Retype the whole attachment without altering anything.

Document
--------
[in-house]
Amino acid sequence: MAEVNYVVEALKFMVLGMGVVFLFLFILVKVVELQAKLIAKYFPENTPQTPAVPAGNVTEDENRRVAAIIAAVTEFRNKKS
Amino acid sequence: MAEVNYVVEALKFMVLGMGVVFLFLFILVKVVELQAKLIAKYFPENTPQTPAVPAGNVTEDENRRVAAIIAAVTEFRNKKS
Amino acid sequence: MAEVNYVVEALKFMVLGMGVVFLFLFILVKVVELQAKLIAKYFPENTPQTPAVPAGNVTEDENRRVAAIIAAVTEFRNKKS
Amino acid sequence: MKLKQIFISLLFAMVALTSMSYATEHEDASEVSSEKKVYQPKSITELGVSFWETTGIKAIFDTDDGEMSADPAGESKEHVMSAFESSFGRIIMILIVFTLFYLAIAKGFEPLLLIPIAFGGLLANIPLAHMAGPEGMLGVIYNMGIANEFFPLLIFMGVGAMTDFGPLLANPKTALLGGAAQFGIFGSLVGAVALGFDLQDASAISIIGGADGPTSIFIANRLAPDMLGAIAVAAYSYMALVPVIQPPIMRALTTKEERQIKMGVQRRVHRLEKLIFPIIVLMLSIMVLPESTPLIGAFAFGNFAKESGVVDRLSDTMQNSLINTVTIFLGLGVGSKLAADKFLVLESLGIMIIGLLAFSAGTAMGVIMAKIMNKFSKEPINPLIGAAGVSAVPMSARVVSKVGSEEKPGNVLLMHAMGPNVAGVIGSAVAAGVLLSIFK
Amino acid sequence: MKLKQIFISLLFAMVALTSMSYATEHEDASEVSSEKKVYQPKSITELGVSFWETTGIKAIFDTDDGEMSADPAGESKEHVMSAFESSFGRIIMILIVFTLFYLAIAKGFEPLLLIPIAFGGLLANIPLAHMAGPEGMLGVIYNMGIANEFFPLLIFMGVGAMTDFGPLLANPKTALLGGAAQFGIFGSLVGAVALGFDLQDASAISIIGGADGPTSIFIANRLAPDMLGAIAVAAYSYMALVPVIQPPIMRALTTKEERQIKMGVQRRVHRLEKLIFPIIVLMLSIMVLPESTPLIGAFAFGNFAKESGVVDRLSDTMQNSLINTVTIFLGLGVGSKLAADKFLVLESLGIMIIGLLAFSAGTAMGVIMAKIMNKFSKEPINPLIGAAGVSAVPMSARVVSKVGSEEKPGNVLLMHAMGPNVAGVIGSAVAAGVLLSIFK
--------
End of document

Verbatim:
[in-house]
Amino acid sequence: MAEVNYVVEALKFMVLGMGVVFLFLFILVKVVELQAKLIAKYFPENTPQTPAVPAGNVTEDENRRVAAIIAAVTEFRNKKS
Amino acid sequence: MAEVNYVVEALKFMVLGMGVVFLFLFILVKVVELQAKLIAKYFPENTPQTPAVPAGNVTEDENRRVAAIIAAVTEFRNKKS
Amino acid sequence: MAEVNYVVEALKFMVLGMGVVFLFLFILVKVVELQAKLIAKYFPENTPQTPAVPAGNVTEDENRRVAAIIAAVTEFRNKKS
Amino acid sequence: MKLKQIFISLLFAMVALTSMSYATEHEDASEVSSEKKVYQPKSITELGVSFWETTGIKAIFDTDDGEMSADPAGESKEHVMSAFESSFGRIIMILIVFTLFYLAIAKGFEPLLLIPIAFGGLLANIPLAHMAGPEGMLGVIYNMGIANEFFPLLIFMGVGAMTDFGPLLANPKTALLGGAAQFGIFGSLVGAVALGFDLQDASAISIIGGADGPTSIFIANRLAPDMLGAIAVAAYSYMALVPVIQPPIMRALTTKEERQIKMGVQRRVHRLEKLIFPIIVLMLSIMVLPESTPLIGAFAFGNFAKESGVVDRLSDTMQNSLINTVTIFLGLGVGSKLAADKFLVLESLGIMIIGLLAFSAGTAMGVIMAKIMNKFSKEPINPLIGAAGVSAVPMSARVVSKVGSEEKPGNVLLMHAMGPNVAGVIGSAVAAGVLLSIFK
Amino acid sequence: MKLKQIFISLLFAMVALTSMSYATEHEDASEVSSEKKVYQPKSITELGVSFWETTGIKAIFDTDDGEMSADPAGESKEHVMSAFESSFGRIIMILIVFTLFYLAIAKGFEPLLLIPIAFGGLLANIPLAHMAGPEGMLGVIYNMGIANEFFPLLIFMGVGAMTDFGPLLANPKTALLGGAAQFGIFGSLVGAVALGFDLQDASAISIIGGADGPTSIFIANRLAPDMLGAIAVAAYSYMALVPVIQPPIMRALTTKEERQIKMGVQRRVHRLEKLIFPIIVLMLSIMVLPESTPLIGAFAFGNFAKESGVVDRLSDTMQNSLINTVTIFLGLGVGSKLAADKFLVLESLGIMIIGLLAFSAGTAMGVIMAKIMNKFSKEPINPLIGAAGVSAVPMSARVVSKVGSEEKPGNVLLMHAMGPNVAGVIGSAVAAGVLLSIFK